CAIR In Harrisburg

Community Event Updates

On October 21, CAIR-Philadelphia brought together mental health professionals, psychologists and expert therapists with Muslim community members in a symposium titled, Peace at Home: The Power of Change is in Our Hands. / Jacob Bender, Timothy Welbeck, and Ahmet Selim Tekelioglu teamed up with local Muslim activists in Harrisburg on October 24 at the State Capitol Building. / On November 3, CAIR-Philadelphia organized a Civic Engagement 101 training in the Harrisburg-Mechanicsburg area.

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Jacob Bender’s Presentation at DHSA Global Health Symposium

It should come as no surprise to this audience that today, across the country, the immigrant Muslim community is a community living in fear. But first, some background. Over 200,000 Muslims live in the city of Philadelphia, and contrary to the distorted discourse in the public arena, over 85% of these are not immigrants, but American-born Muslims, African Americans, some of whom are second, and third, and fourth generation Muslims. These statistics should contradict the prejudicial perception of Islam as a foreign faith attempting to foster the “Shariaization” of America upon an unwitting public. And while African American Muslims certainly face anti-Muslim prejudice, that bigotry pales in comparison to the original sin of white supremacy embedded into all facets of American life.

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CAIR Staff and Board Member Activism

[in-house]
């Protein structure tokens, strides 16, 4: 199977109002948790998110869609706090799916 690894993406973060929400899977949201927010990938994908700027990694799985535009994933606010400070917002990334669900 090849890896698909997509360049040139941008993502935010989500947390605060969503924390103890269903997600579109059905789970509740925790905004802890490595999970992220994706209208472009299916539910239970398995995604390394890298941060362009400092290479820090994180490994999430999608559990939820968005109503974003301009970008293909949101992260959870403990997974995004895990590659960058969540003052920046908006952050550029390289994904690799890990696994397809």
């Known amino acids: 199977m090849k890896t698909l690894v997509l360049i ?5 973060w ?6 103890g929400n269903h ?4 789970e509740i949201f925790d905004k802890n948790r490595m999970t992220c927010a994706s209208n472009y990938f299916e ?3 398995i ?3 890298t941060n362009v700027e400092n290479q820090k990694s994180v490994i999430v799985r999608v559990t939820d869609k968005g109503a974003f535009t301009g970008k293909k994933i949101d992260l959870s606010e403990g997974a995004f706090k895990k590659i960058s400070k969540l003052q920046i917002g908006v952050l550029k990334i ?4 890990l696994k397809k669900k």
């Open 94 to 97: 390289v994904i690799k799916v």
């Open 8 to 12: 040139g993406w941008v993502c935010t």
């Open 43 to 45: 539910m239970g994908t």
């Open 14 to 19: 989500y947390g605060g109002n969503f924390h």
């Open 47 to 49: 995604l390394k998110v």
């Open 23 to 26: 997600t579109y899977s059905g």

CAIR-Philadelphia president Osama Al-Qasem, board member Aaysha Noor and staff members Timothy Welbeck and Ahmet Selim Tekelioglu traveled to Harrisburg to meet with community leaders and mosque representatives from the Harrisburg and Mechanicsburg area communities. The meeting was kindly hosted by Islamic Society of Greater Harrisburg (ISGH) and brought together more than 15 community leaders.

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CAIR-Philadelphia at The Governor’s Mansion

Jacob Bender, CAIR-Philadelphia Executive Director, and Salima Suswell, CAIR-Philadelphia Executive Committee Member, travelled to Harrisburg on September 6th to attend the 2nd Annual Eid-al-Adha Dinner at The Governor’s Mansion. The dinner was hosted by Governor Tom Wolf and his wife Francis and was attended by about 60 Muslim leaders from around Pennsylvania.

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Hatred in Harrisburg

On Sunday, August 20th at Italian Lake, Harrisburg, the Community Responders Network, a grassroots coalition committed to confronting and preventing incidents of bias in Central Pennsylvania, and the Harrisburg Mayor’s Interfaith Advisory Council, organized a unity rally we called “Speak up for Unity, No Hate Here!” The purpose of the event was to affirm equality, non-violence, cross-cultural acceptance, and interfaith cooperation.

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After Charlottesville

There are moments in history when time itself seems to just stop, and then abruptly change direction. Sometimes the momentous quality of these events is self-evident to those caught up in their wake: the fall of Baghdad in 1258; Lenin arriving at the train station in St. Petersburg, Russia in 1917; Rosa Parks boarding her bus in 1954; the assassination of President Kennedy in 1963; the Iranian Revolution of 1979; the attacks of Sept 11, 2001. What unities these events are their transformative impact, dividing time into a before and an after (as in before 9/11 and post-9/11).

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